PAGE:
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Familial acute leukemia and myelodysplastic syndromes

Jane E Churpek, MD
Lucy A Godley, MD, PhD
Section Editor
Richard A Larson, MD
Deputy Editor
Alan G Rosmarin, MD


Familial forms of acute leukemia (AL) and/or myelodysplastic syndrome (MDS) have been traditionally considered rare, especially among adults affected by these malignancies. However, attention to the family history and genetic investigations of families in whom AL and/or MDS cases cluster have identified nine genes that cause inherited forms of these diseases that can present throughout the lifespan.

Here we discuss the recognized syndromes that cause a predisposition to AL and/or MDS as the main presenting feature. The many other disorders with an inherited predisposition to AL and/or MDS that have other prominent systemic manifestations, such as Down syndrome or neurofibromatosis type I, are reviewed in more detail separately, as are the inherited bone marrow failure syndromes, such as Fanconi anemia and Shwachman-Diamond syndrome, which most frequently present in childhood. (See "Down syndrome: Clinical features and diagnosis" and "Neurofibromatosis type 1 (NF1): Pathogenesis, clinical features, and diagnosis" and "Inherited aplastic anemia in children and adolescents" and "Shwachman-Diamond syndrome".)


The incidence of the known familial AL and MDS syndromes (table 1) is not well characterized. In a study that used next-generation sequencing to determine the contribution of germline predisposition mutations in sporadic pediatric cancer, mutations that were deemed to be pathogenic or probably pathogenic were identified in 26 of 588 (4 percent) patients with pediatric leukemia [1]. However, many families in whom MDS and AL cluster test negative for mutations in all of the currently known genes, suggesting that additional causative genes remain to be identified. Because many of the genes that cause the familial AL and MDS syndromes when mutated in the germline or constitutional state are also found as somatic or acquired mutations, prior studies that sequenced these genes at diagnosis in large numbers of presumably de novo AL and MDS cases provide estimates of the maximum number of cases that could be accounted for by each inherited syndrome. Details regarding the maximum prevalence for each described entity are provided in the sections below.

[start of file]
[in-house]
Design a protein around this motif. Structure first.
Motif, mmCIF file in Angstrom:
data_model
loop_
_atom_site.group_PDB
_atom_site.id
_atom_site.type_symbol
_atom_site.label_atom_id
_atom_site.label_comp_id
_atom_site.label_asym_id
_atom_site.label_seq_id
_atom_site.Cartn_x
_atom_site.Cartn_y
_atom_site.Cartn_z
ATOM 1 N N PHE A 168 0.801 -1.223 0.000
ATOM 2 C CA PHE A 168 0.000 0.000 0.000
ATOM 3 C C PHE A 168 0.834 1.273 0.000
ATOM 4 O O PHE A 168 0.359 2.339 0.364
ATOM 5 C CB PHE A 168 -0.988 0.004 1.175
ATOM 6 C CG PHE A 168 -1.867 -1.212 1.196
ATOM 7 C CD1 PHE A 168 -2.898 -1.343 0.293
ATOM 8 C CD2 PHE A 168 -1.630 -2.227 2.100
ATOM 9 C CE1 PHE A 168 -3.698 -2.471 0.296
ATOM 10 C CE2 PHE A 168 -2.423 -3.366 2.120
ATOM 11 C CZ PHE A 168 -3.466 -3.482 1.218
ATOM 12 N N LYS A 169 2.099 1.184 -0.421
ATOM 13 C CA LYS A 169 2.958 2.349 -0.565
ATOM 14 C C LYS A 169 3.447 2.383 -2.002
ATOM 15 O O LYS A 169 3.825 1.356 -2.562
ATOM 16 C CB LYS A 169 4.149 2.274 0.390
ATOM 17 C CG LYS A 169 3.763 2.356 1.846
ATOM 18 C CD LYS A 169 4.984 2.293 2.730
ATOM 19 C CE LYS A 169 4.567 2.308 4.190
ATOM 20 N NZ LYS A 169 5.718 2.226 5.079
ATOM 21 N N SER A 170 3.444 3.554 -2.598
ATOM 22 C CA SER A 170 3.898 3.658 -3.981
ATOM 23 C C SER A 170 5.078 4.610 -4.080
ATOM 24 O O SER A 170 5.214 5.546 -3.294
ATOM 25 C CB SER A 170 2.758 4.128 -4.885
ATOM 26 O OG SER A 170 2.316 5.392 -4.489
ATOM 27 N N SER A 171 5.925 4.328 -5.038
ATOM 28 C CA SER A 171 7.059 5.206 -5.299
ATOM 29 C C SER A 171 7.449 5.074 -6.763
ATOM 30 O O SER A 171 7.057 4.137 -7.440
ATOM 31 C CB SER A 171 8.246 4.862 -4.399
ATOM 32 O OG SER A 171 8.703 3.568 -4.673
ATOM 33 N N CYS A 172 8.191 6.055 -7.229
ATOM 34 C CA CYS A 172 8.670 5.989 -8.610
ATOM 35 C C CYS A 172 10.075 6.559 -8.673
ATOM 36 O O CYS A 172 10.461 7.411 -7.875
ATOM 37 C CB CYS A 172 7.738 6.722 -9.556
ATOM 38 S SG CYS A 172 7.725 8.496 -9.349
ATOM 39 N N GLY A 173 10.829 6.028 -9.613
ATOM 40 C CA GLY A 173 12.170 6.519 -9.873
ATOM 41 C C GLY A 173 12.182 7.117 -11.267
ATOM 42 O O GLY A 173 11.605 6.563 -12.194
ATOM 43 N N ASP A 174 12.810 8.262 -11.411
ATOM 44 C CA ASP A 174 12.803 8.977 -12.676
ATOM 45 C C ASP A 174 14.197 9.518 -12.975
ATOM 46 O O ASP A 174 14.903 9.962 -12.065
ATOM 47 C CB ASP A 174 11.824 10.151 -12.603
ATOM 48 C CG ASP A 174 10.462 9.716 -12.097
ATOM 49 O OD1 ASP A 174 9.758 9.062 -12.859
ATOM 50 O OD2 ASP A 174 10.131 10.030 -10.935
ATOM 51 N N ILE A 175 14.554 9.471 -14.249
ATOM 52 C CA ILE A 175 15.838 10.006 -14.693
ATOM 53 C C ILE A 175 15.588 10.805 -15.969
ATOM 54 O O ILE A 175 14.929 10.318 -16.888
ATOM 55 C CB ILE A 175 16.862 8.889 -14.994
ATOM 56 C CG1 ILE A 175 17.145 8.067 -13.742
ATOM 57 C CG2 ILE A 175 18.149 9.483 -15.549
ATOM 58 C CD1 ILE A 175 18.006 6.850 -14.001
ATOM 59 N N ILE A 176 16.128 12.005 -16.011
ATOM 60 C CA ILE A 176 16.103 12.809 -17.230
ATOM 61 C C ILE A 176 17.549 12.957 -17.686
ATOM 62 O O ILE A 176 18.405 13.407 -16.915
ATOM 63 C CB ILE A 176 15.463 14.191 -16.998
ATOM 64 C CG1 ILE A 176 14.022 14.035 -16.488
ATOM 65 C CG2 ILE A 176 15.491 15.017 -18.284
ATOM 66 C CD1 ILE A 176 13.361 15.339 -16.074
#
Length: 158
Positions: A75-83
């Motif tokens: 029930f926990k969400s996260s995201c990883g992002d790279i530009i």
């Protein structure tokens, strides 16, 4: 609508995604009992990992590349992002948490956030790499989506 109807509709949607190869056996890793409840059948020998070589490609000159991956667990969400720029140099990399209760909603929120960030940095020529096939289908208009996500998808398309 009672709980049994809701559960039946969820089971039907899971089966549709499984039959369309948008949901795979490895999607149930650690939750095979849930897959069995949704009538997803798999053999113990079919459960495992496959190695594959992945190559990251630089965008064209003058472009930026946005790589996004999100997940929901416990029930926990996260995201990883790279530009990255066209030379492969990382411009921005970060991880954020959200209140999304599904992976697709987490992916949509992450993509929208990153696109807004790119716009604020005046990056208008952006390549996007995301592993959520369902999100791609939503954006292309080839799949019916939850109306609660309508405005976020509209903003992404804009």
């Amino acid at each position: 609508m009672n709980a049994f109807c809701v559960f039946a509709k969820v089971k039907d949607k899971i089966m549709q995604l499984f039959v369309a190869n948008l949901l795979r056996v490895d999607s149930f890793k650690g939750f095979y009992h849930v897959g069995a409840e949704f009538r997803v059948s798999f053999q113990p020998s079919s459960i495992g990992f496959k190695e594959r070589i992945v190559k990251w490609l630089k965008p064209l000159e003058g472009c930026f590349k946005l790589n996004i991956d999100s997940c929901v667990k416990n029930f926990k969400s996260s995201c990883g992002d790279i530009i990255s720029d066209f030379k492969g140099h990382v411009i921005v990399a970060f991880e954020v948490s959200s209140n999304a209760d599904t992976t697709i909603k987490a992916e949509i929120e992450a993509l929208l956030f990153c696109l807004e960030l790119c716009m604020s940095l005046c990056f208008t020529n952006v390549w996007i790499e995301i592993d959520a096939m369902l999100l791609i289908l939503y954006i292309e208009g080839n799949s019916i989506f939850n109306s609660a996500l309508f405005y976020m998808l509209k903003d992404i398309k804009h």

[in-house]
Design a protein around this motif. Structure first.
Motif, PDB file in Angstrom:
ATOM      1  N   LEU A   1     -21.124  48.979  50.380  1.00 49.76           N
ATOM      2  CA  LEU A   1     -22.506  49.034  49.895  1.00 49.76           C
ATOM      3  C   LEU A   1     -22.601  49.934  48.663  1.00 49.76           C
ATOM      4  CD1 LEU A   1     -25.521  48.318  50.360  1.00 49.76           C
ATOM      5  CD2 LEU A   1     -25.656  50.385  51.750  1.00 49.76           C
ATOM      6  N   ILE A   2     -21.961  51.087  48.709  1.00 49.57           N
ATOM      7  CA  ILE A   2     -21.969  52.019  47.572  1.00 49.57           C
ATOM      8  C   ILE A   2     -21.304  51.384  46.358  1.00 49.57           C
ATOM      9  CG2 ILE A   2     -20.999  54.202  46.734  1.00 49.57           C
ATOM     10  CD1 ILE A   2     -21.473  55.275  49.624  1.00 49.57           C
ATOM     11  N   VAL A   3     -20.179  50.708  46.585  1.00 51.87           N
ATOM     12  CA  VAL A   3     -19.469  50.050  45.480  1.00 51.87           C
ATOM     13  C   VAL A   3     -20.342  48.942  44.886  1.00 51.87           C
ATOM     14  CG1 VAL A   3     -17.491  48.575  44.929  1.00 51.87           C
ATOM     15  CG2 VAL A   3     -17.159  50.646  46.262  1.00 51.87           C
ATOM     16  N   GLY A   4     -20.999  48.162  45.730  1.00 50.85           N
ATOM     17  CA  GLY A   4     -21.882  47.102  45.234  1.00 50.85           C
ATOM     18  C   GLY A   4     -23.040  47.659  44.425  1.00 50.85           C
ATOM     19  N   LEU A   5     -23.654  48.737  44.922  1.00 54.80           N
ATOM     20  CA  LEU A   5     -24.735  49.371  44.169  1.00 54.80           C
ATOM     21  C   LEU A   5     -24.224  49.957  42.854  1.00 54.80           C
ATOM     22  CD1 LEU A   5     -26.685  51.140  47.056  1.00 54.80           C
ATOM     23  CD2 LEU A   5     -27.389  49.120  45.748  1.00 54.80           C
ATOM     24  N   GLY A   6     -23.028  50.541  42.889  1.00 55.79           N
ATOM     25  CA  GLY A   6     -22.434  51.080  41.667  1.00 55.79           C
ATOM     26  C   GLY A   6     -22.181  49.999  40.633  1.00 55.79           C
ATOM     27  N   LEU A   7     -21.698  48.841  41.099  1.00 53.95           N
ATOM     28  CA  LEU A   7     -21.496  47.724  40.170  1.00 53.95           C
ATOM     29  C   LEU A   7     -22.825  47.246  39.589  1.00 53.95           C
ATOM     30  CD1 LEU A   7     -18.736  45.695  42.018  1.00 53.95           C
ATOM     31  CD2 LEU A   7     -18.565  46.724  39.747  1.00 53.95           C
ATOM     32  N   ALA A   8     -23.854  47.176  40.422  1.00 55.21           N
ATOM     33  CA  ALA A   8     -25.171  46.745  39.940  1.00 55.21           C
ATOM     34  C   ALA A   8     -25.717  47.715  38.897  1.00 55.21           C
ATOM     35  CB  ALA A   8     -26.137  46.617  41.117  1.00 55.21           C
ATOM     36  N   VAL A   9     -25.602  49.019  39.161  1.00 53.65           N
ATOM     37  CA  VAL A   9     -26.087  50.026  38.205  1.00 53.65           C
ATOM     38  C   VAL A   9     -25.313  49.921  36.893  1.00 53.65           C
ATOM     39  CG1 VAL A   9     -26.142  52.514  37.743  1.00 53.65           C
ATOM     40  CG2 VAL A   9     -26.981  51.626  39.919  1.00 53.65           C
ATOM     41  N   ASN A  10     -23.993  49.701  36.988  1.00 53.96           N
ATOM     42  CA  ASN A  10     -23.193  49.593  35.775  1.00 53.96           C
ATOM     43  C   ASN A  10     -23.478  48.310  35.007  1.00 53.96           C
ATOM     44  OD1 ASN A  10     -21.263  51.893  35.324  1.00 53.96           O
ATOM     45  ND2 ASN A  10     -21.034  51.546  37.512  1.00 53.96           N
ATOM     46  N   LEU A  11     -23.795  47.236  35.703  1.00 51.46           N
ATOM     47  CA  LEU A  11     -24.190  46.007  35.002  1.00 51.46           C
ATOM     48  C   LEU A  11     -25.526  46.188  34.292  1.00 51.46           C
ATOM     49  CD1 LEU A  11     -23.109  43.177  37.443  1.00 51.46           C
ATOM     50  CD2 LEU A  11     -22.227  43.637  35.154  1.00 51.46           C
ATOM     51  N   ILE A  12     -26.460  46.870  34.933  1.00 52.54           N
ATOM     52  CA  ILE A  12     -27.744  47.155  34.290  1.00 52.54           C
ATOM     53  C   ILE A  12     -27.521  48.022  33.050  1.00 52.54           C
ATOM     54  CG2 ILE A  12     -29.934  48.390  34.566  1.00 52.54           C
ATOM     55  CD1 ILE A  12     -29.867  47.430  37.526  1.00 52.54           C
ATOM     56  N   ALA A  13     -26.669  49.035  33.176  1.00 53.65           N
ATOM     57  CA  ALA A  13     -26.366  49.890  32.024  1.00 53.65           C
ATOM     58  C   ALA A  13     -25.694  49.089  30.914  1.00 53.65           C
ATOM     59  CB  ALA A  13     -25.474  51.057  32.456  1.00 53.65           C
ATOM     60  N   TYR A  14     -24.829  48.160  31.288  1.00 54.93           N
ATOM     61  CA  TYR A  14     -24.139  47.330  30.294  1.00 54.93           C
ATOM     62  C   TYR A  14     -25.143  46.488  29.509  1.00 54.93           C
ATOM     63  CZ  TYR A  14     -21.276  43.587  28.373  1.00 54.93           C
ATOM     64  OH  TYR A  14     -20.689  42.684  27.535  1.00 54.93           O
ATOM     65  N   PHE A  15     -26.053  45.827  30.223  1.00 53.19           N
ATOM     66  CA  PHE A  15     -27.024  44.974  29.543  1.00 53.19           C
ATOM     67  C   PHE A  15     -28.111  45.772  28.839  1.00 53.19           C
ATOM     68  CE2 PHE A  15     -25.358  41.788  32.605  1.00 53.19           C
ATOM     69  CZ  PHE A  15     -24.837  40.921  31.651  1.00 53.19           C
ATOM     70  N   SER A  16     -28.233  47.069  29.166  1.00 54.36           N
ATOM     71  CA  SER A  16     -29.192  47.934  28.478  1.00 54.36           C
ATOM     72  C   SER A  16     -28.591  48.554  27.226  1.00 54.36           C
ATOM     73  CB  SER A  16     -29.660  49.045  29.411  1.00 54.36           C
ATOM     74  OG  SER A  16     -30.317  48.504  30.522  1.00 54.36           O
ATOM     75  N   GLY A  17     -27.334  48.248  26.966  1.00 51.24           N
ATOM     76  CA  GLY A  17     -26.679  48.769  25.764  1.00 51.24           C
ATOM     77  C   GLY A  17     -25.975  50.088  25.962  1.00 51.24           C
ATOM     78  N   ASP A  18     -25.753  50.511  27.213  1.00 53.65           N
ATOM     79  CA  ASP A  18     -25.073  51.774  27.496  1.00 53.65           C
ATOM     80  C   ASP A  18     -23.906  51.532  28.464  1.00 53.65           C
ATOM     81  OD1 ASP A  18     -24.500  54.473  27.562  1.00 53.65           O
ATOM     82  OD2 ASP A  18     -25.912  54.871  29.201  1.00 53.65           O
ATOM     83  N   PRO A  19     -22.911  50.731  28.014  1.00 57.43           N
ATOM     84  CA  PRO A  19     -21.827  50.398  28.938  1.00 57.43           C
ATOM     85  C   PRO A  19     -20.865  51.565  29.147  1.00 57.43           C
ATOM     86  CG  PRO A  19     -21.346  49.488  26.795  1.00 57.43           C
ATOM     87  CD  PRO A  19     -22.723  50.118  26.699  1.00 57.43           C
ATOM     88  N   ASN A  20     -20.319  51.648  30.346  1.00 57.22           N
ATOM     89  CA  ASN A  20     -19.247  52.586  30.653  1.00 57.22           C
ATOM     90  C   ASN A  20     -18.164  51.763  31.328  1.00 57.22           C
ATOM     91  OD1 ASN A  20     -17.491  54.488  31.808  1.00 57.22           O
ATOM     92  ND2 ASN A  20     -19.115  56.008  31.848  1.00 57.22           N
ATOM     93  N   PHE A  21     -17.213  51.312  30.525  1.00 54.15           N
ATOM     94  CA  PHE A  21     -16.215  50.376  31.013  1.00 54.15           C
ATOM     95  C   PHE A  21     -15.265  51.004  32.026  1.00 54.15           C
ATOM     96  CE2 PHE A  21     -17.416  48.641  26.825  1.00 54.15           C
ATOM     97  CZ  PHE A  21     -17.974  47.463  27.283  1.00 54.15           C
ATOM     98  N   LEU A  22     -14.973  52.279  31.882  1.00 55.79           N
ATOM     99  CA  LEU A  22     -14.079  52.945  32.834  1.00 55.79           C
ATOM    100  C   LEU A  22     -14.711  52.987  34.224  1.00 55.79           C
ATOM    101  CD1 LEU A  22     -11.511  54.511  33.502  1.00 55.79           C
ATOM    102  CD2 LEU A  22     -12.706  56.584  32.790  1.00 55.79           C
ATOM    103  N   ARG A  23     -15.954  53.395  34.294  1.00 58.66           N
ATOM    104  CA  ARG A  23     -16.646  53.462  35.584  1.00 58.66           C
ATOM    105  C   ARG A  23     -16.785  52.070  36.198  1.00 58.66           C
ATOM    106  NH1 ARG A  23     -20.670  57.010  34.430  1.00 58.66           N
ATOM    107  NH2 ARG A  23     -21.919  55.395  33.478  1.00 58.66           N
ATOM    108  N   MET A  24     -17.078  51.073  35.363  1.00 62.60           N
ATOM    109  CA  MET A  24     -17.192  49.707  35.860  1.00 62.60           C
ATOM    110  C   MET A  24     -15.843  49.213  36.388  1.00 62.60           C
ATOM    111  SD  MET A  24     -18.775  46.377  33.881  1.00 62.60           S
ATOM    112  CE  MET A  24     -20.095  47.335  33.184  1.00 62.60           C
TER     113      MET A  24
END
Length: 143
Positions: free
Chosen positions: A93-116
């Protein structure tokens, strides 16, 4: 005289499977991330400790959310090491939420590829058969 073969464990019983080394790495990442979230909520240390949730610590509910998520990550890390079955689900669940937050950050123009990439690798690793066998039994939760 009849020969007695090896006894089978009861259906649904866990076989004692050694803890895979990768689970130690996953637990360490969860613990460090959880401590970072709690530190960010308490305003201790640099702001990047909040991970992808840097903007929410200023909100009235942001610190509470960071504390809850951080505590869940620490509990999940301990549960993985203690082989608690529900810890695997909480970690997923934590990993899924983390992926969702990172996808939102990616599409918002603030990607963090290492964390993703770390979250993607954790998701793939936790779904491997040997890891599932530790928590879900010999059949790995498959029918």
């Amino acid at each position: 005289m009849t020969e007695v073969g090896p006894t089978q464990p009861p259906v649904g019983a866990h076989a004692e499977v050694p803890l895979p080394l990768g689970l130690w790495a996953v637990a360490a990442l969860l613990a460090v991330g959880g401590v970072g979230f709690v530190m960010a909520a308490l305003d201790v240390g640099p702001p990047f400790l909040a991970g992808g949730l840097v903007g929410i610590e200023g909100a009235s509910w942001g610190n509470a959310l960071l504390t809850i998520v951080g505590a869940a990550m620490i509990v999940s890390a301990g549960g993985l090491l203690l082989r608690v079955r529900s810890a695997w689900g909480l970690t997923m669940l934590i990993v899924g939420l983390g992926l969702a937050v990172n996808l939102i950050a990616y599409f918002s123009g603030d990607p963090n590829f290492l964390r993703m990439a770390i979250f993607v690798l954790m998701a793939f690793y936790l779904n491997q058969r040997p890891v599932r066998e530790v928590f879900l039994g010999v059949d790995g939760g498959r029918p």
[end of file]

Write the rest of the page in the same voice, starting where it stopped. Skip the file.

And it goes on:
Variation by race, ethnicity, and geography are not currently known. The families described in most of the familial AL and MDS syndromes appear to have their own private inherited mutations, suggesting independent events rather than a "founder" mutation occurring on an ancestral allele in a particular population.


Whom, when, and how to screen — All patients with AL and MDS should be screened at the time of initial diagnosis or referral to rule out the presence of a familial AL and MDS syndrome [2]. Similar screening is also essential during the initial pre-donation health screening evaluation for all individuals (related and unrelated) who wish to serve as an allogeneic hematopoietic cell donor for a person with a hematologic malignancy, either related or unrelated [3]. Screening consists of obtaining a careful medical and family history aimed at identifying signs and symptoms of the known familial AL and MDS syndromes. Specific information to elicit includes (figure 1):

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Literature review current through: Oct 2017. | This topic last updated: Mar 13, 2017.
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